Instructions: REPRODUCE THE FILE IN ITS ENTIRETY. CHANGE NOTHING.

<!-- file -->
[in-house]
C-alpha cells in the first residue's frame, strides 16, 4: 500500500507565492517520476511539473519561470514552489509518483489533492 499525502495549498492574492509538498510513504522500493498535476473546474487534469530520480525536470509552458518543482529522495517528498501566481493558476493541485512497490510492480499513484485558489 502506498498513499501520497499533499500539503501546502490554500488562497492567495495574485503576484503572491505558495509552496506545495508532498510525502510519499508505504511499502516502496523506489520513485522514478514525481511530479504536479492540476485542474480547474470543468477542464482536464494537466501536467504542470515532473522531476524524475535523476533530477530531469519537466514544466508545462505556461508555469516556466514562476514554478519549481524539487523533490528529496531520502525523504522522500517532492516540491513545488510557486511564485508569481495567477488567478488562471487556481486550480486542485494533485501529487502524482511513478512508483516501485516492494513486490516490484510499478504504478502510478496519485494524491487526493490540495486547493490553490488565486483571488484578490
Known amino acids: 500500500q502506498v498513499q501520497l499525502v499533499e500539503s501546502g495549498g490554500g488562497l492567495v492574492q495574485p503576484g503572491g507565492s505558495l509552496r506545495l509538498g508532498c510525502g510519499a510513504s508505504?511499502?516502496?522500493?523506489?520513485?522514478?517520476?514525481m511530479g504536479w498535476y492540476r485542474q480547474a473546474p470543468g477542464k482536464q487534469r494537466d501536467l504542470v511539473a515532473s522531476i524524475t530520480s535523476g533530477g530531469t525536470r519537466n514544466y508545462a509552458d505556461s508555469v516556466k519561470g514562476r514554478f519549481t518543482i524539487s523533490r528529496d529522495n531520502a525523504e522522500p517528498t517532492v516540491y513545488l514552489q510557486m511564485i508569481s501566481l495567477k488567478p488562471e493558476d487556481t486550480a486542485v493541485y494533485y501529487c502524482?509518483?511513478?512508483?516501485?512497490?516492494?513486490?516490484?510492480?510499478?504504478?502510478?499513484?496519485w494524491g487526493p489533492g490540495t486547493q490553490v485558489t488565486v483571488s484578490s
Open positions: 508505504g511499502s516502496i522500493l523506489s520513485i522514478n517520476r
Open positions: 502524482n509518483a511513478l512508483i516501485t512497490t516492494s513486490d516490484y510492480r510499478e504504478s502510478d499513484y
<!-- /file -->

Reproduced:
[in-house]
C-alpha cells in the first residue's frame, strides 16, 4: 500500500507565492517520476511539473519561470514552489509518483489533492 499525502495549498492574492509538498510513504522500493498535476473546474487534469530520480525536470509552458518543482529522495517528498501566481493558476493541485512497490510492480499513484485558489 502506498498513499501520497499533499500539503501546502490554500488562497492567495495574485503576484503572491505558495509552496506545495508532498510525502510519499508505504511499502516502496523506489520513485522514478514525481511530479504536479492540476485542474480547474470543468477542464482536464494537466501536467504542470515532473522531476524524475535523476533530477530531469519537466514544466508545462505556461508555469516556466514562476514554478519549481524539487523533490528529496531520502525523504522522500517532492516540491513545488510557486511564485508569481495567477488567478488562471487556481486550480486542485494533485501529487502524482511513478512508483516501485516492494513486490516490484510499478504504478502510478496519485494524491487526493490540495486547493490553490488565486483571488484578490
Known amino acids: 500500500q502506498v498513499q501520497l499525502v499533499e500539503s501546502g495549498g490554500g488562497l492567495v492574492q495574485p503576484g503572491g507565492s505558495l509552496r506545495l509538498g508532498c510525502g510519499a510513504s508505504?511499502?516502496?522500493?523506489?520513485?522514478?517520476?514525481m511530479g504536479w498535476y492540476r485542474q480547474a473546474p470543468g477542464k482536464q487534469r494537466d501536467l504542470v511539473a515532473s522531476i524524475t530520480s535523476g533530477g530531469t525536470r519537466n514544466y508545462a509552458d505556461s508555469v516556466k519561470g514562476r514554478f519549481t518543482i524539487s523533490r528529496d529522495n531520502a525523504e522522500p517528498t517532492v516540491y513545488l514552489q510557486m511564485i508569481s501566481l495567477k488567478p488562471e493558476d487556481t486550480a486542485v493541485y494533485y501529487c502524482?509518483?511513478?512508483?516501485?512497490?516492494?513486490?516490484?510492480?510499478?504504478?502510478?499513484?496519485w494524491g487526493p489533492g490540495t486547493q490553490v485558489t488565486v483571488s484578490s
Open positions: 508505504g511499502s516502496i522500493l523506489s520513485i522514478n517520476r
Open positions: 502524482n509518483a511513478l512508483i516501485t512497490t516492494s513486490d516490484y510492480r510499478e504504478s502510478d499513484y